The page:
Where was your favorite place on campus?

Obviously, the views at USD are ridiculous and beautiful, so we’re fortunate in that way. But I liked going behind the KIPJ to a spot where there is a Saint Francis of Assisi statue. My birthday is October 4 and the feast day of Saint Francis of Assisi patron saint of animals, which is probably why that has stuck with me so long. I learned that in grade school and it’s one of those really random things that I’ll never forget.

Tell us about your international experience.      

I ended up doing an independent study. I went to Mexico City with my best friend, who is a Chicano Studies professor, for seven days. It really turned into something much more meaningful than I thought it would, which was awesome. I am a first generation Filipina American, and the premise of what I was there for was to find the cultural similarities and differences between Spanish colonization in the Philippines and Mexico. My identity has always been something I have struggled with and found interesting because culturally, Filipinos are much closer to Latinos. There’s an amazing book called Filipinos: The Latinos of Asia, written by Dr. Anthony Ocampo, that I read a couple of years ago which inspired this independent study. When it comes down to the comparisons of being in Mexico City and identifying as Filipina, I did find a lot of similarities.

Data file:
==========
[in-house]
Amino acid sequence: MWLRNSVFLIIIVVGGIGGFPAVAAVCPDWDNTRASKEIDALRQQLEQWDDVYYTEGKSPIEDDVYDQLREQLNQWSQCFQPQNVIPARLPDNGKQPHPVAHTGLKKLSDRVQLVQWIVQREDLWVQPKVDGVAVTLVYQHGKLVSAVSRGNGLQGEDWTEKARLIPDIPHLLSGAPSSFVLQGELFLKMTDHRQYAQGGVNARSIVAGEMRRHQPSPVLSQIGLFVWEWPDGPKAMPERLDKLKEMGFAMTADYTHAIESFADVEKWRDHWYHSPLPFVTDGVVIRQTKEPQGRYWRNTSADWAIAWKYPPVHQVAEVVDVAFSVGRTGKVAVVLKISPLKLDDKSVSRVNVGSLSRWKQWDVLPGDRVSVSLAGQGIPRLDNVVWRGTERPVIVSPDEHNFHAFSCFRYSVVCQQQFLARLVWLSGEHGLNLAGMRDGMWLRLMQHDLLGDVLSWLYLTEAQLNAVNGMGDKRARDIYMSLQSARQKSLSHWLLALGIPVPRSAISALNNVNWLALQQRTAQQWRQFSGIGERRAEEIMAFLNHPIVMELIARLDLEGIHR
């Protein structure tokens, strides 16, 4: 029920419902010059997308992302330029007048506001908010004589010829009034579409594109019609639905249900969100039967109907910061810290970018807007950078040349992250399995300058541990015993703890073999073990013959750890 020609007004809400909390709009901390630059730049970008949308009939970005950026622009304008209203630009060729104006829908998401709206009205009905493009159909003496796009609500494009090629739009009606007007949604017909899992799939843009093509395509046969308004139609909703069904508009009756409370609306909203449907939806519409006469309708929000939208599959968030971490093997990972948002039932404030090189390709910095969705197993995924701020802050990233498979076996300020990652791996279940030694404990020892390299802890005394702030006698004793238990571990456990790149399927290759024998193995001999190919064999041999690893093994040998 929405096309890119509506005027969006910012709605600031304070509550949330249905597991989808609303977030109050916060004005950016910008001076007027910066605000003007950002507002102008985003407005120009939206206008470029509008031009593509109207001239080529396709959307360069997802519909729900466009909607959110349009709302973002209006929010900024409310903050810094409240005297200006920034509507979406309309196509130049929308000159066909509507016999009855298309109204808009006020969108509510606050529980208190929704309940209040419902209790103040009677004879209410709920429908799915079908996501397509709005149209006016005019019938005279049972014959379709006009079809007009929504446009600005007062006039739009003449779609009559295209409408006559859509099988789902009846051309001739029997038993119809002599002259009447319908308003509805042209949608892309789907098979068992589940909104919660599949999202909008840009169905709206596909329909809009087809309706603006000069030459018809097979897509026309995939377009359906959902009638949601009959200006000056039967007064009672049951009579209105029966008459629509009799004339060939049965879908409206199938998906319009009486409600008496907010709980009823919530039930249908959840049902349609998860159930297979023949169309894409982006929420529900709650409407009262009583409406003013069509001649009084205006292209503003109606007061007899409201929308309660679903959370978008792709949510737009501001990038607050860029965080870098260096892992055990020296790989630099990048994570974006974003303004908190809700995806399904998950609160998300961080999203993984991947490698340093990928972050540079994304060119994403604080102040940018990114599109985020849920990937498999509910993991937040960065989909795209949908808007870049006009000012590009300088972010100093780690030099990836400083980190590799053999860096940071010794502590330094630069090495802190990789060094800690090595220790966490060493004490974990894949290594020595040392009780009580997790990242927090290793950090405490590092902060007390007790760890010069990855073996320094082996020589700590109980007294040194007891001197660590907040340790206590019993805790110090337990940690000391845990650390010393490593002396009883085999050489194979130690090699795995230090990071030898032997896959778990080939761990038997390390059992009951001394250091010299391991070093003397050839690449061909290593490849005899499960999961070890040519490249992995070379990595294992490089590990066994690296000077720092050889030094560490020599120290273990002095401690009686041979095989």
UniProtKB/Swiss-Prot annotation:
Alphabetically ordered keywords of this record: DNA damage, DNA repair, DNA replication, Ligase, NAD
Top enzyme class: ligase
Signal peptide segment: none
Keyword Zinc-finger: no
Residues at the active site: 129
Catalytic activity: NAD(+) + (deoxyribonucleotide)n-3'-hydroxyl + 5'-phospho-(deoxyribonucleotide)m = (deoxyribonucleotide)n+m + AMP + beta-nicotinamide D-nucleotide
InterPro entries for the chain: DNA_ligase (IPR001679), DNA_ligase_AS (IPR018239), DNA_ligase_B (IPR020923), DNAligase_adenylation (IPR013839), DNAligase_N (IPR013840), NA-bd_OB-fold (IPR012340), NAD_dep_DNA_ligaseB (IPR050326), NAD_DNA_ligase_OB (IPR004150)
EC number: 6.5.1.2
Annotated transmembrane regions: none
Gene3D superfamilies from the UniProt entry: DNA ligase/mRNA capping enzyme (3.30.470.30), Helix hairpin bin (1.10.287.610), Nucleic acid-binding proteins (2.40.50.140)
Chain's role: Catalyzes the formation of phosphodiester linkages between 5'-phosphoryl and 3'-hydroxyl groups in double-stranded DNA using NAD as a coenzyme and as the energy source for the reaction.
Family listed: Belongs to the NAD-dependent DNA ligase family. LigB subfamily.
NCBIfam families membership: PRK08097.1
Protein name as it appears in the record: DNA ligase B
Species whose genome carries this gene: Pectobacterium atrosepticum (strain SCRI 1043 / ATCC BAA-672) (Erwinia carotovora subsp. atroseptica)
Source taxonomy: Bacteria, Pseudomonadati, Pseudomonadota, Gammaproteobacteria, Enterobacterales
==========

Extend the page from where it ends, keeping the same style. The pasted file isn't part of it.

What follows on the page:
In order to do the independent study, I had to prepare learning objectives. I journaled every day, which included daily plans and how I found connections to my Filipina culture. I wrote two to three pages every day, and then Dr. Jimenez-Luque had to read and assess it all after I returned.

What was your fondest memory from your time at SOLES?

My fondest and most stressful memory is wrapped into one. Developing my Capstone was stressful, of course; it started as one idea, which I don’t even remember any more, and I’m really glad with how it ended. The journey of getting there was my fondest memory because I relied on my professors and my peers for their honest feedback on everything. That kind of teamwork is why I appreciated it. I made a lifelong friend through this process, and that was one of my fondest memories of going through it.

I also enjoyed going through the Coaching Program. I have one class left that I would like to finish. That was a fantastic elective to go through. I work with high school and college students, and I don’t have any kind of psych or medical background, so being able to navigate conversations with them and learning that through those coaching courses was fantastic.  

Tell us a little bit about your journey since graduating from SOLES.